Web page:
Samuels Says: Surveyors expect demand

Surveyors expect demand




No surprises there, then. During August, 9 per cent more surveyors reported a fall in demand for property than a rise, compared to just 4 per cent more seeing a drop-off in demand during July.

The Olympics were the culprit, the latest report from the Royal Institution of Chartered Surveyors (RICS) concluded, keeping prospective buyers preoccupied.

Despite this, the RICS said that sales held up, albeit at a level way beyond historical norms. Looking forward into the autumn, more surveyors expect demand — and subsequently sales — to pick up.
I agree that sales are likely to pick up marginally in the autumn, but at the same time I don't expect any fireworks within the owner-occupier market. At best it will be so-so.
The investment side of the residential property market will continue to perform strongly, but until high street lenders become less cautious at higher LTVs it's hard to see how the owner-occupier side can gain any real traction.
And, of course, the lack of action at the lower end of the market ultimately ripples up through the market as a whole.
The hope is that the Funding for Lending scheme will start making lenders more bullish at higher LTVs, especially with first-time buyers, but I'll believe that when I see it. There have been countless such schemes in the past, none of which have worked.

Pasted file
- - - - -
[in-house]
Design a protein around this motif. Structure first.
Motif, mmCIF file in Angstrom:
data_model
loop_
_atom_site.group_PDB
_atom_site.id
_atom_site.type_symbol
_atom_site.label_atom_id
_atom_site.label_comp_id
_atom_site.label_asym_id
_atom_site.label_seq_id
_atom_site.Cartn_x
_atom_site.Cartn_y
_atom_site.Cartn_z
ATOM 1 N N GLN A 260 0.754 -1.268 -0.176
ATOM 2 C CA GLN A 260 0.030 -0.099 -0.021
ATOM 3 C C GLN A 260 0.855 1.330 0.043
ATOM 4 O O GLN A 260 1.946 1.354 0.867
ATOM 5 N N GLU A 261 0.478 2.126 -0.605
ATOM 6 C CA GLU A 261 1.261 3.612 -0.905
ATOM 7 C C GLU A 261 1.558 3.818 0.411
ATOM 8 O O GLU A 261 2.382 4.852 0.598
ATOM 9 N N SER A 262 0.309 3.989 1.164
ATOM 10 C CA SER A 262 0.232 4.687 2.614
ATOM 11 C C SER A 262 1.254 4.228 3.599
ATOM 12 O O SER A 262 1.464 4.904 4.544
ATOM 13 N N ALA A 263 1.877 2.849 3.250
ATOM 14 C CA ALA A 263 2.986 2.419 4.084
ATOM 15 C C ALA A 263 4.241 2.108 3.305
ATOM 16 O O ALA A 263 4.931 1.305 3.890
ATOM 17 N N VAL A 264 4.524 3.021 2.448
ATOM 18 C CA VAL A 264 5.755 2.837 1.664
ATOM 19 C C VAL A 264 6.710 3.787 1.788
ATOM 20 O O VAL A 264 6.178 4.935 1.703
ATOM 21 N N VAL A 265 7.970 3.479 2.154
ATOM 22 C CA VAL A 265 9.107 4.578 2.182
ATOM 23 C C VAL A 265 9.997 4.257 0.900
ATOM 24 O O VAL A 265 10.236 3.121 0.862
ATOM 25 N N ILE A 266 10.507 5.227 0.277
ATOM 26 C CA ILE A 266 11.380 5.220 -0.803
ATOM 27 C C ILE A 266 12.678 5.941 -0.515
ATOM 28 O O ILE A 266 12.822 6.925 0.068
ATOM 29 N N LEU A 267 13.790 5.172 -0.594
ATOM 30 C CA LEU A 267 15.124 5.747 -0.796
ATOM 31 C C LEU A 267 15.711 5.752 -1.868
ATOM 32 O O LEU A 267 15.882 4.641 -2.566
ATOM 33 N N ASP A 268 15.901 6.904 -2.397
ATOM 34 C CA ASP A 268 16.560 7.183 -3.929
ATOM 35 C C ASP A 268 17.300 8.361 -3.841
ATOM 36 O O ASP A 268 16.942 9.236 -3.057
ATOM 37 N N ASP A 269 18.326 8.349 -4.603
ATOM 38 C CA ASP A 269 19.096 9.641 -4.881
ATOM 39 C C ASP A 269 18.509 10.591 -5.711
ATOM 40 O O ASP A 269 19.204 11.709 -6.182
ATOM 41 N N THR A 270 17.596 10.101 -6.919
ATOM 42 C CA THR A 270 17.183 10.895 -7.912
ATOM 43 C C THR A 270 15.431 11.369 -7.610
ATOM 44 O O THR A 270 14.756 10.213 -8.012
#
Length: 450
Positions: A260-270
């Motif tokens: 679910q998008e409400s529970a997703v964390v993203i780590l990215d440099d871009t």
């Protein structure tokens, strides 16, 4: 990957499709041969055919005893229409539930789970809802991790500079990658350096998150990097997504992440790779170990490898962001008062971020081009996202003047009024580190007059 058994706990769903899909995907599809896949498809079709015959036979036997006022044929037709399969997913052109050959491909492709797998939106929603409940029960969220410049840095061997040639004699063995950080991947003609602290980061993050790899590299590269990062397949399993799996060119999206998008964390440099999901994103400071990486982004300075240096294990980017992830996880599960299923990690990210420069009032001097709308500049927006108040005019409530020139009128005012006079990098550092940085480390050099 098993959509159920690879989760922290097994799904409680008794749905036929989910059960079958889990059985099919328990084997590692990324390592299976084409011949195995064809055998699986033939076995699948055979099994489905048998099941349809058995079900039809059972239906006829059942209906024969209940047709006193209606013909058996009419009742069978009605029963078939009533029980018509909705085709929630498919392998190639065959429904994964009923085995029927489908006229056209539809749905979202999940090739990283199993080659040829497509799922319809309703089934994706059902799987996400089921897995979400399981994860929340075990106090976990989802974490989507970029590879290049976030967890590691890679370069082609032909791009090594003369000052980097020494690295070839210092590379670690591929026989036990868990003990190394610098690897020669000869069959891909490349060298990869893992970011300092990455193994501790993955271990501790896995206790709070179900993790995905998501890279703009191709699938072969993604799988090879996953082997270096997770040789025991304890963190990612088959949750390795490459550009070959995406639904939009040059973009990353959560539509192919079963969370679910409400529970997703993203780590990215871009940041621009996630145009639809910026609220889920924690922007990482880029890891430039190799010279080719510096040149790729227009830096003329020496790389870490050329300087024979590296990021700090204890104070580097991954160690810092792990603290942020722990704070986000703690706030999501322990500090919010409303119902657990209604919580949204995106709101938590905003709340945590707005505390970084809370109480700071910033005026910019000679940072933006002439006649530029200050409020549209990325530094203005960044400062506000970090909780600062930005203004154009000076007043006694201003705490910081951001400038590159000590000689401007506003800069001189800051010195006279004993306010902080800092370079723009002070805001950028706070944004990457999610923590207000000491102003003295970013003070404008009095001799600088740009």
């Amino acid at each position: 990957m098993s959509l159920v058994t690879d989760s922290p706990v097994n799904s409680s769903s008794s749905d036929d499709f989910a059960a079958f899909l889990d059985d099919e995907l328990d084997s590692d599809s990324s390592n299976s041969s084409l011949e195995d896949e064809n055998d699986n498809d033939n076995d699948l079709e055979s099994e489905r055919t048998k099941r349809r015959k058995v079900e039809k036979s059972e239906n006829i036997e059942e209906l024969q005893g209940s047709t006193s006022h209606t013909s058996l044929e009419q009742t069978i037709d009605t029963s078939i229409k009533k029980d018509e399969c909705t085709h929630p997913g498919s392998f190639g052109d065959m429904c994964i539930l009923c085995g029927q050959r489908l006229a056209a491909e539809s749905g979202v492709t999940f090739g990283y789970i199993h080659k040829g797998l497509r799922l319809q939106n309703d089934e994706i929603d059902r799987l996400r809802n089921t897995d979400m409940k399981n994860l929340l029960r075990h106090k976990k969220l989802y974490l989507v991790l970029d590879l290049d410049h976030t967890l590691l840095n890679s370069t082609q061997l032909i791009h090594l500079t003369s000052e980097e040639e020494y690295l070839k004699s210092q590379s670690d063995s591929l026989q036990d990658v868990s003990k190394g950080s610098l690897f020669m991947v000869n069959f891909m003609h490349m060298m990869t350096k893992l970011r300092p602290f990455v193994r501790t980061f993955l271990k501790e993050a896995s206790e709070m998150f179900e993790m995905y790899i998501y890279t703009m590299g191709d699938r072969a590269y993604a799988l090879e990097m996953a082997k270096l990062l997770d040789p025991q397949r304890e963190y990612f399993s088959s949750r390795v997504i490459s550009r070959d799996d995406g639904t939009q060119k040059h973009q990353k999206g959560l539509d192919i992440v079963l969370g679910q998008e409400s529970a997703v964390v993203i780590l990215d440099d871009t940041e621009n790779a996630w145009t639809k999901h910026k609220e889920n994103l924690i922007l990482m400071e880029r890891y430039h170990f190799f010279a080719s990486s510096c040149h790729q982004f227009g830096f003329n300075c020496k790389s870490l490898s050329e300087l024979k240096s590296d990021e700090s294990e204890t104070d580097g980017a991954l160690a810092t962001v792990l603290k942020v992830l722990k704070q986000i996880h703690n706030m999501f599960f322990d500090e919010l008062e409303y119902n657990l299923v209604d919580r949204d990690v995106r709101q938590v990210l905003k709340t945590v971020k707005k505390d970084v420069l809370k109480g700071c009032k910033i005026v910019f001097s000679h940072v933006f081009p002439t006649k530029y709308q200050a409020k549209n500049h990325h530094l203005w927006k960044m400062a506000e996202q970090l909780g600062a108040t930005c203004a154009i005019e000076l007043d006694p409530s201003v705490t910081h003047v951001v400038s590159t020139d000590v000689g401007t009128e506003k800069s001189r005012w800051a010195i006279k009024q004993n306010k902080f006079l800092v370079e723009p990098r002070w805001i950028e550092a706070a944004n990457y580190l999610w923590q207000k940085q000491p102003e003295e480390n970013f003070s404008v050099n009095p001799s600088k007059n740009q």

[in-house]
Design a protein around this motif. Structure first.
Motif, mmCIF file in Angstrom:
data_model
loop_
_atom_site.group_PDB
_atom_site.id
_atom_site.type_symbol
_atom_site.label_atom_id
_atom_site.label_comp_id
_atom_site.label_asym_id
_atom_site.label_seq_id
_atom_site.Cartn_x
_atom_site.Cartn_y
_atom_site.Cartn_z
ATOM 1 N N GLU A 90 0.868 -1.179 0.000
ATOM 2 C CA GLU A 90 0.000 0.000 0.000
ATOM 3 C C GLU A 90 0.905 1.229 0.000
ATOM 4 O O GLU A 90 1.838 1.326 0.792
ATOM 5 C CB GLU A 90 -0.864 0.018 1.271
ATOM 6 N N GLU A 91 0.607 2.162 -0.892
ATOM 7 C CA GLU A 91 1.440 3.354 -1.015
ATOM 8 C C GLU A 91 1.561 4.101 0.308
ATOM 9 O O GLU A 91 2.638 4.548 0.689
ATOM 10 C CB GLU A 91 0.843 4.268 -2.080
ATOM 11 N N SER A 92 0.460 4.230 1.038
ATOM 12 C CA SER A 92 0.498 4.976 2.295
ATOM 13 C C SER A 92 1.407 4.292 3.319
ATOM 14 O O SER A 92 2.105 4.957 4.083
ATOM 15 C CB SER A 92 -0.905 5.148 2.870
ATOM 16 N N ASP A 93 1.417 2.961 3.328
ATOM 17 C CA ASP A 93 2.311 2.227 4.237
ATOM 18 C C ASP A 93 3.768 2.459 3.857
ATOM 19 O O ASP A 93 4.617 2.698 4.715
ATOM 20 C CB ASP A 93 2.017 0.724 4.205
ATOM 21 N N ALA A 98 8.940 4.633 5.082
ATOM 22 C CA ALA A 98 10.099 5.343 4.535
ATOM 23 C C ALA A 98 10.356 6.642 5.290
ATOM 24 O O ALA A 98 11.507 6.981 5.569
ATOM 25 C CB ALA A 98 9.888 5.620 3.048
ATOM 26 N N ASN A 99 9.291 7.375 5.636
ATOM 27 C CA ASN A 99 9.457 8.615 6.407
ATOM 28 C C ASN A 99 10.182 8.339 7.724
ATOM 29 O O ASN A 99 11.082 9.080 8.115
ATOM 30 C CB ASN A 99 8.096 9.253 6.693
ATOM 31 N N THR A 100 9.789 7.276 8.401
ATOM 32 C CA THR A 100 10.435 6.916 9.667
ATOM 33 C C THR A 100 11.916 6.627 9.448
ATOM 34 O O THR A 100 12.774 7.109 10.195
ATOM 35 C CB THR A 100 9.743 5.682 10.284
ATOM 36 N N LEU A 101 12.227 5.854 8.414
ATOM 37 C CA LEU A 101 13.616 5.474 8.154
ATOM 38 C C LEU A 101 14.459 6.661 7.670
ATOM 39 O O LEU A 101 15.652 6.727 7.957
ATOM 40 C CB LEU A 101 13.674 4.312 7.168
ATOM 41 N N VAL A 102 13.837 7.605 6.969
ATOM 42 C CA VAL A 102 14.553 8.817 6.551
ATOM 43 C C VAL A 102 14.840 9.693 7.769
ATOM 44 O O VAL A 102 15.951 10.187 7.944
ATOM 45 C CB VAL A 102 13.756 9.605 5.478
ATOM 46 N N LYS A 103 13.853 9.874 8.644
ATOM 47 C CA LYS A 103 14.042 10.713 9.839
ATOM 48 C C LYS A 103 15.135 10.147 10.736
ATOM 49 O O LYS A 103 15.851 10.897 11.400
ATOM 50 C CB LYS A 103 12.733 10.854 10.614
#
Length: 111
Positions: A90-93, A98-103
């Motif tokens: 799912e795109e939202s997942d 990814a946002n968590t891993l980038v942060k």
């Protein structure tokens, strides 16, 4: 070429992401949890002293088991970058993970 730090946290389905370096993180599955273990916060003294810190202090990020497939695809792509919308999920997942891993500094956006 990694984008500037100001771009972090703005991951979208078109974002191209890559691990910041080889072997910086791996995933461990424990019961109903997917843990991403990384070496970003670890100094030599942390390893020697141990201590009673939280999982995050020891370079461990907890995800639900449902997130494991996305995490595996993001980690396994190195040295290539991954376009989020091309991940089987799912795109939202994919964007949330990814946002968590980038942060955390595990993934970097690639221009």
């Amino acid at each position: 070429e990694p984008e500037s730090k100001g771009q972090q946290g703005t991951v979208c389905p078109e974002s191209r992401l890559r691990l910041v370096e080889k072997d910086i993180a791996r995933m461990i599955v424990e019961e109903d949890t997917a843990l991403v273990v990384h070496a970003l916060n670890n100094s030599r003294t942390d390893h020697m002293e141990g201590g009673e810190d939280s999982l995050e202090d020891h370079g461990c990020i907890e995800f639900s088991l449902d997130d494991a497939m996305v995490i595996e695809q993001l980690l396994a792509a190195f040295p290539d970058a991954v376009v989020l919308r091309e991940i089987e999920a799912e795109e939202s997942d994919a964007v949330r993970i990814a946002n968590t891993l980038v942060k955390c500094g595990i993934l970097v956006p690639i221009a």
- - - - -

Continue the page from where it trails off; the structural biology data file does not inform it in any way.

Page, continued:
And even if the high street lenders do start lending more, will they be lending to the people that really need it?
If there's one element of consistency in the property market, and this is something that comes through in most house price indices, it's that London and the south east are proving far more resilient than other areas of the country, in particular the north.
It's hard to believe this trend will not continue as we enter 2013, which could be a mirror image of 2012.
 

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